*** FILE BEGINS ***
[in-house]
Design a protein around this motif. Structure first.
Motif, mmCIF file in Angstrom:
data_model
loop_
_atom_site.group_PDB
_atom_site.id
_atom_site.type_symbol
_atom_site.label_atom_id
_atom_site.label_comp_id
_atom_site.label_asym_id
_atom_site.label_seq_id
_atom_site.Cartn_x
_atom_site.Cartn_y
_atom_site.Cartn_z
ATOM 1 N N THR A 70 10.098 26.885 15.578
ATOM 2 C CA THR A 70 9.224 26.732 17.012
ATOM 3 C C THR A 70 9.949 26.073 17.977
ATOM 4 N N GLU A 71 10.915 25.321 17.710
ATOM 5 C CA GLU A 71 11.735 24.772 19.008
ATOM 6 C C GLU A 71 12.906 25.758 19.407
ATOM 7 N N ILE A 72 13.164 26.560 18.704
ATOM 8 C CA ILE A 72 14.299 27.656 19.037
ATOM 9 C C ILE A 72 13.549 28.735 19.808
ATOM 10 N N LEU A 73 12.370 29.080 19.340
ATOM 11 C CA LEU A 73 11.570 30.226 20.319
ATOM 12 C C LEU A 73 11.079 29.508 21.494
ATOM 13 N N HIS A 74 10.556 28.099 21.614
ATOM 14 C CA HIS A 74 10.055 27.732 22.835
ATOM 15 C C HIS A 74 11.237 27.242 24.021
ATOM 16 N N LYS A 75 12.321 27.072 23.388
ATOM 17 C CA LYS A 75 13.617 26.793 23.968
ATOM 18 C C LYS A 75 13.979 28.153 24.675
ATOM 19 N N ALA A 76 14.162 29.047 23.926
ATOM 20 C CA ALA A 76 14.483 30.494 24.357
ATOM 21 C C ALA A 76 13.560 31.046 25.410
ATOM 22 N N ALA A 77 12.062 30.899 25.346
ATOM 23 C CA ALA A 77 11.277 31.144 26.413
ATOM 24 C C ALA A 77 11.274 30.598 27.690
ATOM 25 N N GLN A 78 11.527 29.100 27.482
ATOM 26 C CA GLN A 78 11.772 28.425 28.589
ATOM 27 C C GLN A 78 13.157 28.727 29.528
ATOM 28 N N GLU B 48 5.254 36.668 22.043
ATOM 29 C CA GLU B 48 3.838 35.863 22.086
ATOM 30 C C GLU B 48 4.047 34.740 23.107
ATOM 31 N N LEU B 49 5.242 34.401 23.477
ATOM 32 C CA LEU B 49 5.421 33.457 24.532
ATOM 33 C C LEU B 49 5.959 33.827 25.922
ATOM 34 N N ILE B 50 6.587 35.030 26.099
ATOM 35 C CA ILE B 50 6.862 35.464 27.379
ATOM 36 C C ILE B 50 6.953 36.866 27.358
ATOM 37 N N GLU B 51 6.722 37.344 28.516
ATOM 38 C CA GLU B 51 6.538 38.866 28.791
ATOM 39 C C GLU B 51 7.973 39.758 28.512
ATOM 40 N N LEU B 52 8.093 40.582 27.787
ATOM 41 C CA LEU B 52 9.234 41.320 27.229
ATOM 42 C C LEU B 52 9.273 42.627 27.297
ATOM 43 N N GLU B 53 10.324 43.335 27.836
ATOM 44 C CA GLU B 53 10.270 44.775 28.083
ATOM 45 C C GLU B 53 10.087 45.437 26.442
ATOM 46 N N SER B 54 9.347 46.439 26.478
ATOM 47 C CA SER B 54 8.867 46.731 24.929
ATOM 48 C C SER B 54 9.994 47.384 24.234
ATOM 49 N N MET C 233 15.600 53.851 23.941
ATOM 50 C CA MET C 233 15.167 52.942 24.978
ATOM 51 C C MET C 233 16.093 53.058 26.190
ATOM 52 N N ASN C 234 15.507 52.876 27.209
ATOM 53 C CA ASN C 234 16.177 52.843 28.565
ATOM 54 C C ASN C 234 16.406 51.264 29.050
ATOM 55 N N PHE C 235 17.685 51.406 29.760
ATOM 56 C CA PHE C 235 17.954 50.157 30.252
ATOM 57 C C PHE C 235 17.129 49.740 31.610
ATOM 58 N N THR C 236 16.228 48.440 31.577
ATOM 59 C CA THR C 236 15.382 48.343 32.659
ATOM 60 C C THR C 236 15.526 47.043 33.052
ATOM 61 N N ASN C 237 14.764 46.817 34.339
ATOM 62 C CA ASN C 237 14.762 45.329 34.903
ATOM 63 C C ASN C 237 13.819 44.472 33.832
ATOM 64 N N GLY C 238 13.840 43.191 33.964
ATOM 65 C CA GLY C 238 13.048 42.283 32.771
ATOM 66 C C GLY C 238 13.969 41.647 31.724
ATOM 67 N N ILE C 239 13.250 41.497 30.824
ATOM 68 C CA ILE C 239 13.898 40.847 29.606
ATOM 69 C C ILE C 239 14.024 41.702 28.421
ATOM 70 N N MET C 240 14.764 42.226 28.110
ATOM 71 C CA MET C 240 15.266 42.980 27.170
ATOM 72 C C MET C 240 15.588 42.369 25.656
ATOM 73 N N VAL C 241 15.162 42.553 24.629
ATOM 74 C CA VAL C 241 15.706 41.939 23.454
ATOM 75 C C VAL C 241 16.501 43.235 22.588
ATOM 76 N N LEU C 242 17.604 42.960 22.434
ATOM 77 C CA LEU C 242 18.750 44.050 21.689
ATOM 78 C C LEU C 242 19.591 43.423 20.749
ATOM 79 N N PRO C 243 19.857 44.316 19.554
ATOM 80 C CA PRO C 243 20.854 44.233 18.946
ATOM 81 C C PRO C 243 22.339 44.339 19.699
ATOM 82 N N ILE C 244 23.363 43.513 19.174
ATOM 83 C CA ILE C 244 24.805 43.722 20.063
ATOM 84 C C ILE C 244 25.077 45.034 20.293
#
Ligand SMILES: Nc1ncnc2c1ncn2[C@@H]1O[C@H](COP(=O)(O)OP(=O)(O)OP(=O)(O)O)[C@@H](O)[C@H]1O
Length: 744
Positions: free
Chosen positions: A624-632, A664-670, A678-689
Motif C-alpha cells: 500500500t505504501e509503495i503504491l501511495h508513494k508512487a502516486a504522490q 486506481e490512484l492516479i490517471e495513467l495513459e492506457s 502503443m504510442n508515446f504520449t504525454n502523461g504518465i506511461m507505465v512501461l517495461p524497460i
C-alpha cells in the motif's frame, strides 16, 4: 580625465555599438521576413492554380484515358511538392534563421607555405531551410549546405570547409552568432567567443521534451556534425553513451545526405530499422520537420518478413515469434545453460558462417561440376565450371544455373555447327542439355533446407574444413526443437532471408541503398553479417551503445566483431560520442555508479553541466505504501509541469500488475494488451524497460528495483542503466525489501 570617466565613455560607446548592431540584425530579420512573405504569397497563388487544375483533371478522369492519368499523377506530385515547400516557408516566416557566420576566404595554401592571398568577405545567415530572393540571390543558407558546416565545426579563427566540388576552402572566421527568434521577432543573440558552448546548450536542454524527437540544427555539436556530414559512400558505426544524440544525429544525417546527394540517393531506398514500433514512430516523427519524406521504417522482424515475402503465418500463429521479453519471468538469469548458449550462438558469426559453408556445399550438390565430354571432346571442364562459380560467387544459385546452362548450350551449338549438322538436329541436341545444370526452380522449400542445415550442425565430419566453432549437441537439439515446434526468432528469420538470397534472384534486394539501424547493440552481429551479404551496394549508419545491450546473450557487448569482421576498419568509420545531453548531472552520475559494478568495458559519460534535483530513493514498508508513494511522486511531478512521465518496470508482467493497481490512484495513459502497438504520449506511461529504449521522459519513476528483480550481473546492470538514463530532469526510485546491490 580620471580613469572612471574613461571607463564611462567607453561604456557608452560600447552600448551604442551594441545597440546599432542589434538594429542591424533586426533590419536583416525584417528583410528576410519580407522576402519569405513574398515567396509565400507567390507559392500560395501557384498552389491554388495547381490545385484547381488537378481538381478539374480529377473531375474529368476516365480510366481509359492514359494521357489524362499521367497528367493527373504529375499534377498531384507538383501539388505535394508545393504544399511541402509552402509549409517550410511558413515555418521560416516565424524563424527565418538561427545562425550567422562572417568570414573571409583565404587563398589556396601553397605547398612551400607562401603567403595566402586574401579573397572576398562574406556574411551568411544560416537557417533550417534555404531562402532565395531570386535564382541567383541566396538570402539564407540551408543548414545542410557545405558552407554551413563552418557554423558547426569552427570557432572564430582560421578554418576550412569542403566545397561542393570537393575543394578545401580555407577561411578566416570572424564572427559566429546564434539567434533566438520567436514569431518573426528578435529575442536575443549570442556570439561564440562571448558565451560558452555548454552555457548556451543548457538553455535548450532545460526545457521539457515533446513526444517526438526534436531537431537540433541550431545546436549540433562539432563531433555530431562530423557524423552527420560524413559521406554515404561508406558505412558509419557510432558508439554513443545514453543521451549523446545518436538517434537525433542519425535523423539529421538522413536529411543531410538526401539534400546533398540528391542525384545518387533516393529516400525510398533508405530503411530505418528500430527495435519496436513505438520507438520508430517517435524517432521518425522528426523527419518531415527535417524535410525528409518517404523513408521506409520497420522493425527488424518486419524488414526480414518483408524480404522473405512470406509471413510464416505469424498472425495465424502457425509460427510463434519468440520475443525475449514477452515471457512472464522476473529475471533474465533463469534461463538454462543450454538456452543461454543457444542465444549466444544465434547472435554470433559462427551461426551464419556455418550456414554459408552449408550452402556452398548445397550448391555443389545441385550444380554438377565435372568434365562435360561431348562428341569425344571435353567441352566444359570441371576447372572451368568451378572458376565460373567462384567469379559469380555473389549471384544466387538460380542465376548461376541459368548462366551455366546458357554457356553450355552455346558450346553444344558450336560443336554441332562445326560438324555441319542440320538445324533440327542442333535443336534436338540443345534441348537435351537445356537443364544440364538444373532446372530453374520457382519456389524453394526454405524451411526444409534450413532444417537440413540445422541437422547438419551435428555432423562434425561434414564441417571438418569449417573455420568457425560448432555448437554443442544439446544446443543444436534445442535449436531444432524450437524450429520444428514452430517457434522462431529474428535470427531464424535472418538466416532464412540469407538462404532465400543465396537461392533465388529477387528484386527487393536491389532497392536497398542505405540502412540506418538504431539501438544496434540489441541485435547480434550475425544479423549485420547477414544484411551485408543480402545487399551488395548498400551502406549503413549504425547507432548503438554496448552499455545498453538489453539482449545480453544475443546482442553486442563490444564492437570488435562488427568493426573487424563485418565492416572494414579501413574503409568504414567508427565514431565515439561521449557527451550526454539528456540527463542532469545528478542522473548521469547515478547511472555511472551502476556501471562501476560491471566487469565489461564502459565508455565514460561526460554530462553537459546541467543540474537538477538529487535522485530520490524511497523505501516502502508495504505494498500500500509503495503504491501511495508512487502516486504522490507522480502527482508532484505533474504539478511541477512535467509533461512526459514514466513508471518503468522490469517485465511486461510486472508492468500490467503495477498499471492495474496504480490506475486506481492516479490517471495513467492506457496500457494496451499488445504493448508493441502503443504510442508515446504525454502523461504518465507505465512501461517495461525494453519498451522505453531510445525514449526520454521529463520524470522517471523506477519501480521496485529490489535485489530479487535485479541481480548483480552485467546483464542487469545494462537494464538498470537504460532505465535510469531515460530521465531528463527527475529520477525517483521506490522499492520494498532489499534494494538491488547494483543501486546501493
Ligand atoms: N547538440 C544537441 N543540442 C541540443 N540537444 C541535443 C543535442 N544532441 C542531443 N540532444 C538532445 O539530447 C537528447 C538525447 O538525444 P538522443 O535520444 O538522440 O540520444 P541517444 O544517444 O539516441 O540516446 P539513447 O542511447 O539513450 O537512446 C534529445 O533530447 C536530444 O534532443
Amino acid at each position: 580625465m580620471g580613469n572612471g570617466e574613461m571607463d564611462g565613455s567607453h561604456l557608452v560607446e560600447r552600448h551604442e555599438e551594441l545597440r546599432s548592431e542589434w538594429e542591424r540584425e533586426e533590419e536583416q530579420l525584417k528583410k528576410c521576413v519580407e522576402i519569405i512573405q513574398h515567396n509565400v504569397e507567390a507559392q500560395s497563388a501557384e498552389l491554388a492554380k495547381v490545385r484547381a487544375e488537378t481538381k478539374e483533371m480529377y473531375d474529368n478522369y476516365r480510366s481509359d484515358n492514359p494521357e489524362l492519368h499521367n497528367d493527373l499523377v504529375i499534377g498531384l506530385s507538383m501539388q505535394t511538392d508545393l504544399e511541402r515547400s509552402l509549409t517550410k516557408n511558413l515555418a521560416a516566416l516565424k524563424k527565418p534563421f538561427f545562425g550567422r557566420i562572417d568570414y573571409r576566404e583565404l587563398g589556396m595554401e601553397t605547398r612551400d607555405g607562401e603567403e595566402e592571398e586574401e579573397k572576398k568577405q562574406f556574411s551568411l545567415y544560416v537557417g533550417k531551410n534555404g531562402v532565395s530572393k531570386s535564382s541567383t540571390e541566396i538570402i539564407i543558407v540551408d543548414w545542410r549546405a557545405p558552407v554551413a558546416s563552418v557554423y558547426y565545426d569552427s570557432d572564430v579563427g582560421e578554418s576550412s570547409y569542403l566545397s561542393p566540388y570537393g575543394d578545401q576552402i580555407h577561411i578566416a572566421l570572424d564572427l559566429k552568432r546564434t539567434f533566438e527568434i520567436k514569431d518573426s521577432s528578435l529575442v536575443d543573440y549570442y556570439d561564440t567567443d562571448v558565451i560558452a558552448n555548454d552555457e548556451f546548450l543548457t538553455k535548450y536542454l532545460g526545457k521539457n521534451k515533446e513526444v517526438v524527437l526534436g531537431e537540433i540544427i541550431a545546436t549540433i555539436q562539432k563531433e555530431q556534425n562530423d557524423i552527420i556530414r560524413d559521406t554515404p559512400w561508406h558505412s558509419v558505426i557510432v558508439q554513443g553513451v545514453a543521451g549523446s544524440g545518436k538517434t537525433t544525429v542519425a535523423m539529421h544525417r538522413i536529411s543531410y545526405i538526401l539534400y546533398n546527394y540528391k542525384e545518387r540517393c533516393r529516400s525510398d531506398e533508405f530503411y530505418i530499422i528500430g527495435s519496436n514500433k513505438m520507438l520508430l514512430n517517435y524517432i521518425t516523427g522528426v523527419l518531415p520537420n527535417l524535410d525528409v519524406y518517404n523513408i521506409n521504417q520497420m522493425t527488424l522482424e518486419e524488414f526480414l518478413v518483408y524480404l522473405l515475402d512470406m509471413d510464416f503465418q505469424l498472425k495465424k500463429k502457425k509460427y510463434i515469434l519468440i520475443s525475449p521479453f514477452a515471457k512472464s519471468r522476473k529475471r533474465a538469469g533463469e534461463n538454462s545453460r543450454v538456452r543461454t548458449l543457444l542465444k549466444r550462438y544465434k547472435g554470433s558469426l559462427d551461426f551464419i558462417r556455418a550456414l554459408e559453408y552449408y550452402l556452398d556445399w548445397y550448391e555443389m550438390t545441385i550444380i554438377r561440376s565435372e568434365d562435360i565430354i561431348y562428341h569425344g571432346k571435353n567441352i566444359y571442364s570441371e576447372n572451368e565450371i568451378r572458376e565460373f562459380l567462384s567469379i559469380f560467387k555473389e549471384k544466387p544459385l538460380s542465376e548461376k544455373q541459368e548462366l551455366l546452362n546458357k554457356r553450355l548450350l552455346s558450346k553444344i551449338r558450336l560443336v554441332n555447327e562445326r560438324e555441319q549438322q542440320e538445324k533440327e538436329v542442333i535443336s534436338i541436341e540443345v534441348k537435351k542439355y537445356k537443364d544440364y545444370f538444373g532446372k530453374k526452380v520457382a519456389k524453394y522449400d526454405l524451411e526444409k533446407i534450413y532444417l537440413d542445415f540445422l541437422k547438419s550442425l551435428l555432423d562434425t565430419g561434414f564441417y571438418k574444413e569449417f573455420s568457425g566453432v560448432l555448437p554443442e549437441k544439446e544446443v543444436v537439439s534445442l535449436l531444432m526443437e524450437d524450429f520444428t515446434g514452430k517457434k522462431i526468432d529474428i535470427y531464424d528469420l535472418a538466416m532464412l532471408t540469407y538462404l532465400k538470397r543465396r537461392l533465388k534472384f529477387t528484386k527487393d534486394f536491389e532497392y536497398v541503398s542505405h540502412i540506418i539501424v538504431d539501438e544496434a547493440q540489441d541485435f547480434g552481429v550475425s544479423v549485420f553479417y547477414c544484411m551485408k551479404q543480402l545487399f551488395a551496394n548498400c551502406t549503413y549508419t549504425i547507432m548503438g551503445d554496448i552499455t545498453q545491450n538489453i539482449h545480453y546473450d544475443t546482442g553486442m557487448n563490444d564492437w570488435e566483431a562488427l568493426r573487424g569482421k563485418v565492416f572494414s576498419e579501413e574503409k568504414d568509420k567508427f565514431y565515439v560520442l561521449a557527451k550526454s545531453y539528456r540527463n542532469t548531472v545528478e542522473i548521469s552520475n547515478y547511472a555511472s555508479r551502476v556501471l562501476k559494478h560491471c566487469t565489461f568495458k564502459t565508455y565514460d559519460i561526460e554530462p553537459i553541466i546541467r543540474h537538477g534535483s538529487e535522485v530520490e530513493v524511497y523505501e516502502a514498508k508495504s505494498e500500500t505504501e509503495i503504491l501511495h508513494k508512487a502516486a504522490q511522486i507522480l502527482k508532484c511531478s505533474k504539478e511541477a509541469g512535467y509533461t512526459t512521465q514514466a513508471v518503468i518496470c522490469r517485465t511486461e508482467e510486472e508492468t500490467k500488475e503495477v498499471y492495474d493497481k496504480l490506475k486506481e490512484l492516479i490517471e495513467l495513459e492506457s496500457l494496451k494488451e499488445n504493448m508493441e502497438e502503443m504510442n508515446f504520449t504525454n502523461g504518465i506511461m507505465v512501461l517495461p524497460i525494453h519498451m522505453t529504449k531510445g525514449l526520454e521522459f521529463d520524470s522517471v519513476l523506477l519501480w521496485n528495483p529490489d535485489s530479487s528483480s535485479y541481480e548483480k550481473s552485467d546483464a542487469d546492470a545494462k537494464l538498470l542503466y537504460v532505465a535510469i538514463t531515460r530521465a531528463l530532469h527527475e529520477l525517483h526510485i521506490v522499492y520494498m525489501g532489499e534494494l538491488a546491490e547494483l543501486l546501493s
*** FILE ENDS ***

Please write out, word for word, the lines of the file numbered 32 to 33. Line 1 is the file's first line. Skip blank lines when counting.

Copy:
ATOM 17 C CA LYS A 75 13.617 26.793 23.968
ATOM 18 C C LYS A 75 13.979 28.153 24.675